At the time Brave was the grandest project Disney•Pixar had ever undertaken.
All the hard work paid off - the film went on to amass worldwide critical acclaim, set new technical benchmarks and scooped an Oscar, a BAFTA and a Golden Globe.
Taking in a breadth of Scottish events, from the iconic Highland games of the Braemar Gathering (that informed much of heroine's Merida's impressive archery skills) to eating haggis on the Royal Mile, Brave's animators fully steeped themselves in the local culture. This helped them capture the spirit of Scotland on film in a fashion that had never been attempted in cinema before.
Brave producer Katherine Sarafian admits the team kept journals while staying in Scotland, which proved tremendously useful when they returned to California to begin work on the project.
"We took photographs and video, sketched and wrote stories," says Sarafian. "We brought everything back and spread it all out, loaded it into our computers. We worked really hard to bring the magic, beauty and ruggedness of Scotland to life in the film through our production design, sets and environments."
Some of Scotland's landmarks proved so mesmerising for Pixar's Brave team, they actually ended up altering ideas they originally had for the movie to incorporate what they'd seen on their memorable trip.
Initially, Merida's DunBroch family castle was going to be set against a loch in the Highlands. Yet after visiting Dunnottar Castle, a stunning structure set on jutting cliff-side rocks just south of Stonehaven in Aberdeenshire, the team decided to imitate its staggering surrounds by making DunBroch an outpost by the sea.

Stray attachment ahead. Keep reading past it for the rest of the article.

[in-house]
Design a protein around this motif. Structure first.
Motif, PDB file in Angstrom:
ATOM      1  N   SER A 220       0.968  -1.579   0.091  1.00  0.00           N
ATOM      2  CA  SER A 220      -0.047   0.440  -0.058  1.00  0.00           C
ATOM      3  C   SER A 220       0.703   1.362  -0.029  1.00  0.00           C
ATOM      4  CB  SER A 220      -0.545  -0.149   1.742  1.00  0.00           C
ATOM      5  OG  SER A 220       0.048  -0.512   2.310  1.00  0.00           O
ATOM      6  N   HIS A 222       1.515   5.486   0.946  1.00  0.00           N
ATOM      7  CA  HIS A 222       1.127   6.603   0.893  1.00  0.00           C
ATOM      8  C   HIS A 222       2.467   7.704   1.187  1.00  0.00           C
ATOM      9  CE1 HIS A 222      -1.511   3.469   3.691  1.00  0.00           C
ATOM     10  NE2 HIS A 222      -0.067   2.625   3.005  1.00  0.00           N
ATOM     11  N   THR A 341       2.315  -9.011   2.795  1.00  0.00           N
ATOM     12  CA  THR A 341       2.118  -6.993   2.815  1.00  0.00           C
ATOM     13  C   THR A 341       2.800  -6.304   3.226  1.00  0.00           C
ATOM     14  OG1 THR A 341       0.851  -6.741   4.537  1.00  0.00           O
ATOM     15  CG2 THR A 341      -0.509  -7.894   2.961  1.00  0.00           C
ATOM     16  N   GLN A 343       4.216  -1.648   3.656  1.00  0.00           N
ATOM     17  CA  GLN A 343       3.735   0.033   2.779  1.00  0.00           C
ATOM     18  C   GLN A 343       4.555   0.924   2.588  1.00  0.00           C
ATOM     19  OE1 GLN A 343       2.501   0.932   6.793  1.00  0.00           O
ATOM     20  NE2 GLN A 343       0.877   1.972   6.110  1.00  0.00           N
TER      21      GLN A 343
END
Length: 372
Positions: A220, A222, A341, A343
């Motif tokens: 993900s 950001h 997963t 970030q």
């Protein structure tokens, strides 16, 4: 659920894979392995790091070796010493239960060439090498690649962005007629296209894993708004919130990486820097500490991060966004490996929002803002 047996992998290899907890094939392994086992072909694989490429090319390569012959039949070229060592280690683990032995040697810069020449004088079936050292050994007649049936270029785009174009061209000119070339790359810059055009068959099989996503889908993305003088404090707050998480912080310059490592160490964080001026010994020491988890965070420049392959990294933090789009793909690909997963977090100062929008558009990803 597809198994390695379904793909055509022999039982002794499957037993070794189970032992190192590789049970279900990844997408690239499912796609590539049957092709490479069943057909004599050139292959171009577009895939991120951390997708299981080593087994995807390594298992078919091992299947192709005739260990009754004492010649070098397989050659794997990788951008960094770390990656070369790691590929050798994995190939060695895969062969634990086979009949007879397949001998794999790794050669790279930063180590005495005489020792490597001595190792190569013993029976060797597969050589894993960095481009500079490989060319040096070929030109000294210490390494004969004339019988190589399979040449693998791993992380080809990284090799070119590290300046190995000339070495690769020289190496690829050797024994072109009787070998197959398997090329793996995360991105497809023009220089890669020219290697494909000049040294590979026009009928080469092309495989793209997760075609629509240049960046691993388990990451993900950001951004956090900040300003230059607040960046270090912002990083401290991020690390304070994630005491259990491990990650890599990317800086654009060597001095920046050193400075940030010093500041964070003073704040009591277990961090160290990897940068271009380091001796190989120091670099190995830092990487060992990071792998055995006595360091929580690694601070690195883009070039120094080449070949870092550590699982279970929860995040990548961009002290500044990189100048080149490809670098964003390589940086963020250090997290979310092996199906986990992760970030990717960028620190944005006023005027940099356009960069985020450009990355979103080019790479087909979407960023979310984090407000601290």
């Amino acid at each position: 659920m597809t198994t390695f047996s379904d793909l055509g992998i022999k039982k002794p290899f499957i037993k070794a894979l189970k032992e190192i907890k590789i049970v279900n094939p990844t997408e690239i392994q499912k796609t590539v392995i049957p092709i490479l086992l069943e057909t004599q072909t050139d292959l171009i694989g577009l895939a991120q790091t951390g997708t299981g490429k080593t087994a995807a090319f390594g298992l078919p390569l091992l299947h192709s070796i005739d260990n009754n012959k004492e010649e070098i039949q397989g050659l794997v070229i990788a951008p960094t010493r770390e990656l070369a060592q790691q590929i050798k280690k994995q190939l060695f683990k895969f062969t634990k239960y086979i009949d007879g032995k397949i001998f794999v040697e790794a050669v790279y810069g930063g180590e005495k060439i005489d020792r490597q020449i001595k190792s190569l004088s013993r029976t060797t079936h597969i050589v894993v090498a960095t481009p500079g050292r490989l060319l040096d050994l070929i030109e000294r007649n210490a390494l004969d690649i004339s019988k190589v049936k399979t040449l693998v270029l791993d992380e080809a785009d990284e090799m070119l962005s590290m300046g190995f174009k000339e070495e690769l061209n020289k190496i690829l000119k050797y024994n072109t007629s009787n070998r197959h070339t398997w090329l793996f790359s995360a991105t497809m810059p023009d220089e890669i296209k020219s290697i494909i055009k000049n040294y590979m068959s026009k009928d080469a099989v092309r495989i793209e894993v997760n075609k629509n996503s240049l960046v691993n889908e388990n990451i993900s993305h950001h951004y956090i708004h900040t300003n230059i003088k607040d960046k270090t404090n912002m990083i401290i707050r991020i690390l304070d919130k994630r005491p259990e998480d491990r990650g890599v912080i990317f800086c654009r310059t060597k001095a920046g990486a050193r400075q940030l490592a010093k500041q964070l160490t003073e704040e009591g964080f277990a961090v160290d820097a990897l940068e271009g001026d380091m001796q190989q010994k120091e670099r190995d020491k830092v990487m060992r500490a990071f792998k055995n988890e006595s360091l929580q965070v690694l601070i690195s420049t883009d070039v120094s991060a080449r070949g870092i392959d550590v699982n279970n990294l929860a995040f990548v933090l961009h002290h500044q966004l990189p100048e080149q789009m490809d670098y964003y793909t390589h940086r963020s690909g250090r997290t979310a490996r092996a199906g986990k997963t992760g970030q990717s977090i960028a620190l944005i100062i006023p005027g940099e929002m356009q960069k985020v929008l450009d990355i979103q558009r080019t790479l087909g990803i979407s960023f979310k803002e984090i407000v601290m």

Sarafian also admits the Calanais Standing Stones on the Isle of Lewis had a big impact on Pixar. "It felt like the perfect setting for something important to happen in the story. The stones are in a circle on a big, exposed cliff with the sky as their backdrop - it's very striking. On both trips it was really hard to get any of the artists back on the bus!"
Merida spends much of her time in Brave travelling through landscapes heavily indebted to the Highlands on her horse Angus. Much of these fantastical, fictional climes were inspired by the filmmakers' trip to Glen Affric.
With one of the largest Caledonian pinewoods, combined with impressive mountains, moorlands, heather-strewn hills and moss-covered land, the stunning glen, only 15 miles from Loch Ness, proved the perfect site to experience a slice of authentic Scottish wilderness.
The visit to Scotland also influenced the creation of the film's formidable demon bear Mor'du. Story Supervisor Brian Larsen says Scotland's love of stories was a big help while planning Brave. "Scotland is a storytelling culture-wherever we went, the locals erupted into stories of their everyday lives and the people they knew. The story of Mor'du was inspired by the stories we heard while we were there."